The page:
Cate Campbell in the pool in Brisbane.
Cate Campbell is back in the pool as she bids for a record-breaking fifth Olympic Games appearance. Image by HANDOUT/WADE BRENNAN
  • swimming

History-chaser Campbell pushing limits in farewell tour

Murray Wenzel December 12, 2023

Nostalgia and the comfort of knowing this is the last time are pushing Cate Campbell’s bid to make Australian Olympic history.

The four-time Games champion has begun her farewell tour at the Queensland championships in the Brisbane Aquatic Centre pool she calls home.

Campbell, back swimming this year after an 18-month lay-off following the Tokyo Games, claimed 100m freestyle bronze on Monday night and then finished third in the 50m freestyle final on Tuesday night.

The 31-year-old, who had qualified third-fastest for the final, finished  behind Shayna Jack (24.43) and Meg Harris (24.63) in 24.70.

It was the same time she clocked earlier and was happy with the performance as she builds towards next June’s Olympic trials, even though it was more than half a second slower than the junior record she set as a 15-year-old in 2008 that still stands today.

“I was 10 when I won my first ever state medal in this pool. I was so proud and got it engraved,” she said.

“As I walked in last night, the same guy that engraved that medal all those years ago was up there engraving medals.”

Campbell will be Australia’s first five-time Olympic swimmer if she makes the team for Paris next year.

But she knows she may need to better her 100m personal best of 52.03, set five years ago, to make it.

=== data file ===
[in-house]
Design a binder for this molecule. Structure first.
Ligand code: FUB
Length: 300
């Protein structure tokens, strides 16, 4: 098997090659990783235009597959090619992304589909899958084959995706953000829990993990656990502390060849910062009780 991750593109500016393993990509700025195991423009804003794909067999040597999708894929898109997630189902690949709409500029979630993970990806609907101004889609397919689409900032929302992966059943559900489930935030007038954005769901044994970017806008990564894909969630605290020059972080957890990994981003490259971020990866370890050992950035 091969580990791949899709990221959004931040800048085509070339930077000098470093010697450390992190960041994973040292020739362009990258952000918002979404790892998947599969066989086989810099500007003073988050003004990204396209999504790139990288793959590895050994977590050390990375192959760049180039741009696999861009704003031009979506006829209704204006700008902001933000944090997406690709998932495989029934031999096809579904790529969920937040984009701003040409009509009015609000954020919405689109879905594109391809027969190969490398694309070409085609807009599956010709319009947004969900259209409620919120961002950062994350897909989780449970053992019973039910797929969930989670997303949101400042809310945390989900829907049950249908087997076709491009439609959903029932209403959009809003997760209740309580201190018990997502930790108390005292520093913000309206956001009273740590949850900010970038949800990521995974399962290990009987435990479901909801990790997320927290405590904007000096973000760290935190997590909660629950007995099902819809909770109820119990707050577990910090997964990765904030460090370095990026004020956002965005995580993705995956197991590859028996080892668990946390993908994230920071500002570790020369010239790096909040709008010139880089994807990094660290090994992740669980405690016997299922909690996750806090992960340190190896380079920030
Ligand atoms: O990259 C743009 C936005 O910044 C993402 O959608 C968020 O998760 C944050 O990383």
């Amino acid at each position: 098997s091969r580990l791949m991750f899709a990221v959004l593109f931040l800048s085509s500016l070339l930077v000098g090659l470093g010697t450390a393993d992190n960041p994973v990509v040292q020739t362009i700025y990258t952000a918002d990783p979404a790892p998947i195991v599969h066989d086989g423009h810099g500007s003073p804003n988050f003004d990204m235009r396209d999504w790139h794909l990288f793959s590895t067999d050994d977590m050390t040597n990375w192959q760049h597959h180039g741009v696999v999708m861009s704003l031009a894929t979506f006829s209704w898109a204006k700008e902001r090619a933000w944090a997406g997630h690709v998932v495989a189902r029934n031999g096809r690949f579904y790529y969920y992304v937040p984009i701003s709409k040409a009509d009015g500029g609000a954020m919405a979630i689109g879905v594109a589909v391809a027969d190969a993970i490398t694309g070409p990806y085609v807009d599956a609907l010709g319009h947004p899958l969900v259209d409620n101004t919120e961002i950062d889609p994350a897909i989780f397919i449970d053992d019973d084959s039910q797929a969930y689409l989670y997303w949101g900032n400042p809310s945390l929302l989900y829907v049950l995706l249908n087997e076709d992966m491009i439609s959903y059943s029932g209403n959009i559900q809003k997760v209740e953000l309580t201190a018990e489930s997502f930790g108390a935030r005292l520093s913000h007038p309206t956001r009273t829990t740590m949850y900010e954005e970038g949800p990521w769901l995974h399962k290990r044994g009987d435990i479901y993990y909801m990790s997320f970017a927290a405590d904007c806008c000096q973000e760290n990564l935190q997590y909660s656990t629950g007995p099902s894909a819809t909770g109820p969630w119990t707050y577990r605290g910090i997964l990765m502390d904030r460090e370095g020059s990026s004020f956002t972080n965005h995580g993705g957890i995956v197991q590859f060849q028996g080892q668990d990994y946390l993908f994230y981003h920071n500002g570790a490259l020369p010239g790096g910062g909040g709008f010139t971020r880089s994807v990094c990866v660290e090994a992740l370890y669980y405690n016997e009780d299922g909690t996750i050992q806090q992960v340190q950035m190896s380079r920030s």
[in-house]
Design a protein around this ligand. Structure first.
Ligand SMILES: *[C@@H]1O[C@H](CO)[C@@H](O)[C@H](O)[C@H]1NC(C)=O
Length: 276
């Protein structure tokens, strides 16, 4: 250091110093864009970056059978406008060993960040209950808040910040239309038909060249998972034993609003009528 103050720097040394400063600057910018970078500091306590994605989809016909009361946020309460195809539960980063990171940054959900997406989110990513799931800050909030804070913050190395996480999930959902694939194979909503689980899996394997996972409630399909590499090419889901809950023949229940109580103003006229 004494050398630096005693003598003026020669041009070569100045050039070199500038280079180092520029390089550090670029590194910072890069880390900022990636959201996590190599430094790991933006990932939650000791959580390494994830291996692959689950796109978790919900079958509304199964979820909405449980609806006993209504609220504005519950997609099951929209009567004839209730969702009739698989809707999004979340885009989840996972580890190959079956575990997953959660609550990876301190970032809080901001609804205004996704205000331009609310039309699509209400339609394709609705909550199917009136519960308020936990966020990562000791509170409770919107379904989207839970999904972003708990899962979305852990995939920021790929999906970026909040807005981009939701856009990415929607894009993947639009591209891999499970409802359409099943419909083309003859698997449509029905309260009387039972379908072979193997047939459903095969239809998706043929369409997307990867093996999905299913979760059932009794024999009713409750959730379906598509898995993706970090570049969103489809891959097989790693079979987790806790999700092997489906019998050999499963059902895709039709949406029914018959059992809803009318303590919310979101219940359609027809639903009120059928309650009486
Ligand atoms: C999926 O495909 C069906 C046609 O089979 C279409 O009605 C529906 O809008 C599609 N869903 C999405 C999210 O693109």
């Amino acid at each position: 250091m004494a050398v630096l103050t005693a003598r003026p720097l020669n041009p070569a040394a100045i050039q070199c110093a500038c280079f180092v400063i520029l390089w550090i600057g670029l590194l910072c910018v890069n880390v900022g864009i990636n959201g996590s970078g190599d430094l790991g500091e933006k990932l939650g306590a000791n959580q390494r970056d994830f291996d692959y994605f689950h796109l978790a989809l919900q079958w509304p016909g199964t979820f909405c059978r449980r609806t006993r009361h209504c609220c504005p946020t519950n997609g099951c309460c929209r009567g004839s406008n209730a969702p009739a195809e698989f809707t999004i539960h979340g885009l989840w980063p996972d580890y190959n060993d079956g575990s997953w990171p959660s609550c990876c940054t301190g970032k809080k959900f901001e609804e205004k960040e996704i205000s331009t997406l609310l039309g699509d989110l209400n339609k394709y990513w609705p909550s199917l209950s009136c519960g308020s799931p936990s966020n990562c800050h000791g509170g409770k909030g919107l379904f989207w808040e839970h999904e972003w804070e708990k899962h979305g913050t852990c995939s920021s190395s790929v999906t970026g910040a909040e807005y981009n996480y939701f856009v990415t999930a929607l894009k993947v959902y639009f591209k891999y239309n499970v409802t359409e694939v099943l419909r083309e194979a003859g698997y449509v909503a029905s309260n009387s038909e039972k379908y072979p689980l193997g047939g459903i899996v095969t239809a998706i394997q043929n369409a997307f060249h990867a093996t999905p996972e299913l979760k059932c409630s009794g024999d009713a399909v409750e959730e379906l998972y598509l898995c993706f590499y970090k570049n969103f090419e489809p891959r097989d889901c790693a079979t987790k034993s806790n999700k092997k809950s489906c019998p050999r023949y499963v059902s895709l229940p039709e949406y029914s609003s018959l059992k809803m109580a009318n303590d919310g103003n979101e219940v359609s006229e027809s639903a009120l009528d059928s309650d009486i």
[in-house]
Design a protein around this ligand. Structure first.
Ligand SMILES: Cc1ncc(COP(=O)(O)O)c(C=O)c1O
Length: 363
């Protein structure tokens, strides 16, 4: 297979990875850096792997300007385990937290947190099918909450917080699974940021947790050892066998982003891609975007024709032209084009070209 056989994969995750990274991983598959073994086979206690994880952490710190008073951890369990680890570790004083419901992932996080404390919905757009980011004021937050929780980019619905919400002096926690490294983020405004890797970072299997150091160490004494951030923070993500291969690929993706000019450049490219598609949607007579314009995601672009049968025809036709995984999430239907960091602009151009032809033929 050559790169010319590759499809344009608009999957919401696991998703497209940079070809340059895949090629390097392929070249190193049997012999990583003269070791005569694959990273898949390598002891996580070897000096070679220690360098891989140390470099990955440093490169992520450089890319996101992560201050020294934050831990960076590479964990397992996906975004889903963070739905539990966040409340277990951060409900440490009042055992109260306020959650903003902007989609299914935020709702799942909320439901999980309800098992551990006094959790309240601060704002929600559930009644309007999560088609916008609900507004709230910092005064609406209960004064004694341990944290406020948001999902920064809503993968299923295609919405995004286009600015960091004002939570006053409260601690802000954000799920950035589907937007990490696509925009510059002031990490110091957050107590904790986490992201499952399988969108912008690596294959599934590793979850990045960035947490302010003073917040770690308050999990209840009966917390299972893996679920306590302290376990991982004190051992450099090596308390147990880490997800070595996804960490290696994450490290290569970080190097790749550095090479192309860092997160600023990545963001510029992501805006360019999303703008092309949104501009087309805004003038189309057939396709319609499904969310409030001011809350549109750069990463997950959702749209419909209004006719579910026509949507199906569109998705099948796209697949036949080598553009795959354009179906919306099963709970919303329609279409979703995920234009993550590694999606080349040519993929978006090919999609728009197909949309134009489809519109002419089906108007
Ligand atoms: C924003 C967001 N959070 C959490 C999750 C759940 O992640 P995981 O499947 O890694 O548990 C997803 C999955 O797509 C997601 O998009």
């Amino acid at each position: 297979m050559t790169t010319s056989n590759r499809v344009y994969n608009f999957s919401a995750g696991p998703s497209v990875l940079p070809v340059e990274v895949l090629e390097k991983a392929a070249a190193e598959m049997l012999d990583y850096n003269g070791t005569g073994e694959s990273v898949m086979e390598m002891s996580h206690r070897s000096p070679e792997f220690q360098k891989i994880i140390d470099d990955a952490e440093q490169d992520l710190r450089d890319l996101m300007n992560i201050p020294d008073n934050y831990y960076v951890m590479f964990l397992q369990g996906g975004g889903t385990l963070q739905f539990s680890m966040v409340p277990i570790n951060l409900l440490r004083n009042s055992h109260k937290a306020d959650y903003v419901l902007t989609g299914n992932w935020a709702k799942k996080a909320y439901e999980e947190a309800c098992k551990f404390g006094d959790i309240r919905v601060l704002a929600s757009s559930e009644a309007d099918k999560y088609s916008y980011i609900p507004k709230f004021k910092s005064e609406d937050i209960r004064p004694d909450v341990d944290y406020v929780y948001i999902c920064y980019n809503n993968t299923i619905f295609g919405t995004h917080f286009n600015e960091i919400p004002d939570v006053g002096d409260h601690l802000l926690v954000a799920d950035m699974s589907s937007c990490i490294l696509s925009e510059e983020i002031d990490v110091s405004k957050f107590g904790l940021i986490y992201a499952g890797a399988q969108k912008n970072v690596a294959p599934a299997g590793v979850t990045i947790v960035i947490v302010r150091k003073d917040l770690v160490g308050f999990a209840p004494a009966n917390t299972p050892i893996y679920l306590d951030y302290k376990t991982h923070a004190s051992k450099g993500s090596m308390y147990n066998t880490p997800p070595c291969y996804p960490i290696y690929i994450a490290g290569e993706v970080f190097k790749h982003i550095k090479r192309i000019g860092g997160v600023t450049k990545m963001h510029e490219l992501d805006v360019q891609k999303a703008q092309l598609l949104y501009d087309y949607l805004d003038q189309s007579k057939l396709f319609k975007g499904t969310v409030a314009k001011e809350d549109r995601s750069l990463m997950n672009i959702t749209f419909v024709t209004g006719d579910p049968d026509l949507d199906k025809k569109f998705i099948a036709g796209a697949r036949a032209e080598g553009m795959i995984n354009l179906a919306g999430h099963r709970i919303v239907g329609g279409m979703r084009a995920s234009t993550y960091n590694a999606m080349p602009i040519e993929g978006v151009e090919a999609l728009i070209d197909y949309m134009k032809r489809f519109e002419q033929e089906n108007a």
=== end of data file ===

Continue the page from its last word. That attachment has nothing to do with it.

The former world-record holder swam 53.34 on Monday night, a time good enough for medals in that event at her first two Olympic Games in Beijing and London.

Cate Campbell with her 4x100m freestyle gold medal at London 2012.
 Cate Campbell (second left) with her 4x100m freestyle gold-medal winning teammates at London 2012. Image by Dave Hunt/AAP PHOTOS 

“It’s evolving … to qualify for our national final will probably be harder than qualifying for an Olympic final,” she said.

“I could have exited stage left (after Tokyo); could have gone and got a job.

“The harder thing was to get back into the grind, put myself under the spotlight.

“My goal coming back is to see how fast I can be, see where my absolute limits are, and to challenge myself and the way we view this sport as a young person’s sport.

“Us old timers still have a bit of spring in us.”

Cate Campbell.
 Cate Campbell is testing how fast she can be as she targets an Olympic farewell in Paris next year. Image by EPA PHOTO 

The Tokyo flagbearer is aiming to compete at least three more times before June’s Olympic trials in Brisbane.

“I forgot how tough it was, turns out swimming’s really hard,” Campbell said of her return earlier this year.

“My body’s very different to what it was when I first started.

“I’ve had four cortisone injections this year into different joints.

“I’m ‘WD40-ing’ all my rusty old joints, lubricating them to hold me up for the next seven months.”

Campbell says she’s comfortable knowing her efforts may not prove enough to clinch a Paris berth, able to cherish the moment from a privileged position.

“You often remember the first time you do something,” she said.

“Ride a bike, first love, first day at school … we’re not often given the opportunity to be aware of the last time we do something.”

World champion Cam McEvoy (21.84) was victorious in the men’s 50m freestyle going under 22 seconds, beating Tho Nowakowski (22.19) and Isaac Cooper (22.44).